After the bank collapsed, Ponzi was left penniless. He then walked into a warehouse to look for work. Nobody was in the warehouse. Ponzi found the checks used by the warehouse and wrote himself a check for over $400. He forged the signature of the warehouse owner.

When confronted by police, Ponzi held out his wrists and admitted his guilt. He then spent three years in a federal penitentiary.

Charles Ponzi and wife 1920s

Charles Ponzi and wife 1920s


Ponzi was always traveling around and looking for work. He met Rose Maria Gnecco and proposed marriage to her, and she accepted. The Gneccos had a small fruit stand in downtown Boston. Ponzi's mother sent Gneccos a letter telling them about her son's past, including jail time. Rose Maria still married him.

He tried to start a business selling advertising, but it failed. His wife's family let him take over their small fruit company, and it also failed.

Ponzi Scheme

Ponzi Scheme

Ponzi Scheme

In 1919, Ponzi set up an office in Boston. He spent his time writing to people in Europe who knew him. Ponzi was trying to get them interested in purchasing opportunities. He got a letter in Spain and inside the letter was an international reply coupon (IRC). Ponzi had never before seen one. He researched the IRC.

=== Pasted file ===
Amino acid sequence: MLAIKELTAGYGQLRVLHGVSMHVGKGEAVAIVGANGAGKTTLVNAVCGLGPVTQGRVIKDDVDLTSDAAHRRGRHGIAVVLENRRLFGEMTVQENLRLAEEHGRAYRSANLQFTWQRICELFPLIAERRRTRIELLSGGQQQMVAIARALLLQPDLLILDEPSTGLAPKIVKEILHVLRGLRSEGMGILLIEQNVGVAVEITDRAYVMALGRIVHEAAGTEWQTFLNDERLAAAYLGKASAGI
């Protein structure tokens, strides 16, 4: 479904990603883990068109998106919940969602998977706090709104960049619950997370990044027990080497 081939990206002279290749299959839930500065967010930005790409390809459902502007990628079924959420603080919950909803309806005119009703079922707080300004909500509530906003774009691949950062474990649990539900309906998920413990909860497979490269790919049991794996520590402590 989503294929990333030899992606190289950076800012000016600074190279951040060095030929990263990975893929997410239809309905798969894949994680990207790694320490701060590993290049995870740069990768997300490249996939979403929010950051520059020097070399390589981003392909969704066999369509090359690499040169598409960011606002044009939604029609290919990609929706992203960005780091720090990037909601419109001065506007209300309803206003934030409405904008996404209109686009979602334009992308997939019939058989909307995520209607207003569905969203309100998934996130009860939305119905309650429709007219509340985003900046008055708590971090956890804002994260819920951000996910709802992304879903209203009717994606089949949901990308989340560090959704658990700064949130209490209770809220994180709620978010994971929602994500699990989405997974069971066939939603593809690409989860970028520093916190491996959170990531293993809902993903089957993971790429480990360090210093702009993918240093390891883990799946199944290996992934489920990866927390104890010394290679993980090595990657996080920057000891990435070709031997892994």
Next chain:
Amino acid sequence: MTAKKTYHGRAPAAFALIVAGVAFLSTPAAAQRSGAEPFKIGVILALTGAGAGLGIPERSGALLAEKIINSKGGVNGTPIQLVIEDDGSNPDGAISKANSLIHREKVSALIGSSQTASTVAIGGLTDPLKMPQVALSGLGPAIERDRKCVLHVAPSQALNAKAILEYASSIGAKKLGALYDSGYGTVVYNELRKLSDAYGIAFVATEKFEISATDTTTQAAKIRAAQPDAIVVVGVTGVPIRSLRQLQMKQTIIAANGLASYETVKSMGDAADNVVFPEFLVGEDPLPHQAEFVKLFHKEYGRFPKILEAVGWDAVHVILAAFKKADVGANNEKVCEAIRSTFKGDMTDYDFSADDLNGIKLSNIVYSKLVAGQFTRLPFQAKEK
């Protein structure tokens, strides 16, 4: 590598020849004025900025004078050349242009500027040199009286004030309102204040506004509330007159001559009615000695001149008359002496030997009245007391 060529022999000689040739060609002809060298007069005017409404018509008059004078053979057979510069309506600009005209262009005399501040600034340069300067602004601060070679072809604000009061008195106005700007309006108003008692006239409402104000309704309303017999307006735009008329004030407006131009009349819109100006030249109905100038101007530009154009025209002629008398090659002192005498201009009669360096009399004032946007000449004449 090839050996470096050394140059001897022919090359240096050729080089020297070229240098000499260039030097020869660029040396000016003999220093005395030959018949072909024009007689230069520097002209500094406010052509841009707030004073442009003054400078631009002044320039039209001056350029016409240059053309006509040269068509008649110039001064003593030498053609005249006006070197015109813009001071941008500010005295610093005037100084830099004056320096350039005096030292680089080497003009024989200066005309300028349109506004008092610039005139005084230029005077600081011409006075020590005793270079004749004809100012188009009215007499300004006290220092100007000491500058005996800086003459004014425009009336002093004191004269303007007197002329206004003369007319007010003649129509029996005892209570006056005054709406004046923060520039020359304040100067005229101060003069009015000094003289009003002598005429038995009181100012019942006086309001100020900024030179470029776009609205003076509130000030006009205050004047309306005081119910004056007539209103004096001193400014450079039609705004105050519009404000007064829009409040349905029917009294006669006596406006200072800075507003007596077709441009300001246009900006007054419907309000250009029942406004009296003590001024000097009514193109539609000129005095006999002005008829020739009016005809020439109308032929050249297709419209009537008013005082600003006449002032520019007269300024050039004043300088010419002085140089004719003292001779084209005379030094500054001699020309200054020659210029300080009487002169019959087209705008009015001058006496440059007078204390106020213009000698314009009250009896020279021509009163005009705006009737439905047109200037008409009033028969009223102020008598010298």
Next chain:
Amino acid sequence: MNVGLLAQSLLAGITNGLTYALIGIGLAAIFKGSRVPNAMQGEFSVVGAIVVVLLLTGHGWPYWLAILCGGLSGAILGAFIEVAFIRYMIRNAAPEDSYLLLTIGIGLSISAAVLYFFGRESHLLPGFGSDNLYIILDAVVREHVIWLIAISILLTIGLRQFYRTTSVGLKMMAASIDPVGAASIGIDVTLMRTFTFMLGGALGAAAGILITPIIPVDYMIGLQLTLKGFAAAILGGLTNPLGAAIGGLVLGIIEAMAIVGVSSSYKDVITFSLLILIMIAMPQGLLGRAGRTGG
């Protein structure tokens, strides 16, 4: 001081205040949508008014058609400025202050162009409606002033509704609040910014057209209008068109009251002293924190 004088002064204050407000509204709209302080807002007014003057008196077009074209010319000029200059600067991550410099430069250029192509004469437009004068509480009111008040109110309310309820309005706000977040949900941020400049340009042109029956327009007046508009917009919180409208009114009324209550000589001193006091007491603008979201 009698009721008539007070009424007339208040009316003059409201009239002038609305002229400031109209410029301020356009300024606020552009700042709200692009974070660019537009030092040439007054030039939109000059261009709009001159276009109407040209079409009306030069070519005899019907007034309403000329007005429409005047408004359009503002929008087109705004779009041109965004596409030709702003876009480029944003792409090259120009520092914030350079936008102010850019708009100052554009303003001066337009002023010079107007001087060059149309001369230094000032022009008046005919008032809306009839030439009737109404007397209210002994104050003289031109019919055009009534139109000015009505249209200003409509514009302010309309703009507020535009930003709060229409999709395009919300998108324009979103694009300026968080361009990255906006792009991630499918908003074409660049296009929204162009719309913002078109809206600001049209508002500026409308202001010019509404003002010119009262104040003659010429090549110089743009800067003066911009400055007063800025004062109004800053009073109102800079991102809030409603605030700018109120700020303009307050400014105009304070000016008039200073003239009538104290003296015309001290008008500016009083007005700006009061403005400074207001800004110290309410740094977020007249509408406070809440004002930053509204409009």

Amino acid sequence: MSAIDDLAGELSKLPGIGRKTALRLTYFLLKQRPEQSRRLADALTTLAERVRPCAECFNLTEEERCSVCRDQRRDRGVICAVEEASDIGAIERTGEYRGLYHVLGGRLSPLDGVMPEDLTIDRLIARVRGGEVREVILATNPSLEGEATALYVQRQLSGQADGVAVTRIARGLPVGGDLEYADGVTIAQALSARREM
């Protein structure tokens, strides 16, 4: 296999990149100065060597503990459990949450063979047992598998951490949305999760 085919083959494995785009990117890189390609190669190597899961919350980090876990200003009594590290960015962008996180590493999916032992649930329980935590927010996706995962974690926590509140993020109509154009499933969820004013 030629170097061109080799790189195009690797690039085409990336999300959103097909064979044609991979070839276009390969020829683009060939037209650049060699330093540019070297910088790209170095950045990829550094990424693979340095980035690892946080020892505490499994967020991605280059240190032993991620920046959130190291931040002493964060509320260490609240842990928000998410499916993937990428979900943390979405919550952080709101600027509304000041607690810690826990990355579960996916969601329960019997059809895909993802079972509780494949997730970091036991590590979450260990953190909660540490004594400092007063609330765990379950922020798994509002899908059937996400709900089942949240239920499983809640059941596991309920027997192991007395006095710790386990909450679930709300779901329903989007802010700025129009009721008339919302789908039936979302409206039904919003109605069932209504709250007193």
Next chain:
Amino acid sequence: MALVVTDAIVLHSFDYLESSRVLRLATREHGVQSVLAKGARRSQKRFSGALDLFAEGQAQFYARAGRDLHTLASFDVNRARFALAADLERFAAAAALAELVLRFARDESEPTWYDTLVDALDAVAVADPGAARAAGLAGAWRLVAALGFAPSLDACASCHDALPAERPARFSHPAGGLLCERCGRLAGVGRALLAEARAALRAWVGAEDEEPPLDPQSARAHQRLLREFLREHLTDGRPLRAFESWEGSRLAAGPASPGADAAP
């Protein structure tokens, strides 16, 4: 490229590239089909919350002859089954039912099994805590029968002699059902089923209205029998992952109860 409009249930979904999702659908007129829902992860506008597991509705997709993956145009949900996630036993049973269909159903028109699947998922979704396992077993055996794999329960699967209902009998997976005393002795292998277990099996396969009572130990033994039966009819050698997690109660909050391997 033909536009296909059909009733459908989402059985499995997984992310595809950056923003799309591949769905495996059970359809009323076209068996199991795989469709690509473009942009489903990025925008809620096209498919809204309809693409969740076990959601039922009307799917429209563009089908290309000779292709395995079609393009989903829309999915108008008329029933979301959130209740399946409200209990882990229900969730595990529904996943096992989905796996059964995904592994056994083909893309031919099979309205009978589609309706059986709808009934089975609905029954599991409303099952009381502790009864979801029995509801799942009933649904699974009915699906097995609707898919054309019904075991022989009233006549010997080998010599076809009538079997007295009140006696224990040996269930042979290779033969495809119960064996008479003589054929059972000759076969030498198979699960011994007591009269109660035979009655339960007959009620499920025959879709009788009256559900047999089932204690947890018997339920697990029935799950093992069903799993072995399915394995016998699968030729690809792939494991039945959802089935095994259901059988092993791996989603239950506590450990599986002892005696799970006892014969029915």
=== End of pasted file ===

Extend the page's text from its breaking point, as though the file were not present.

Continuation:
Ponzi discovered something in the system that he believed would enable him to make money. An IRC could be purchased in any country and used to pay for international postage. Ponzi realized if these values were different from one country to another, he could make a profit off of them.

Ponzi believed an IRC could be purchased cheaply in Italy and exchanged for U.S. stamps and then sold for a profit. He believed these profits could be in excess of 400 percent. It was actually legal to do such a thing.

Ponzi needed a large amount of cash. He tried unsuccessfully to get money from banks. Ponzi then set up a stock company to get public funding. He told people they could double their investment in 45 days at 50 percent interest. Some people were paid off as promised.

His company was eventually bringing in large amounts of money daily. It was still running at a loss. As long as there were new investors, existing investors could get paid. Ponzi made no effort for his company to generate legitimate profits.

Charles Ponzi's house

Charles Ponzi's house


Ponzi was living a life of luxury. He maintained bank accounts in several banks all over New England. Ponzi lived in a mansion in Lexington, Massachusetts.

He brought his mother over from Italy. She sailed on an ocean liner in a first-class stateroom. Ponzi donated $100,000 to the Italian Children's Home in Jamaica Plain in honor of his mother. During this time, he purchased a wine company and a macaroni company.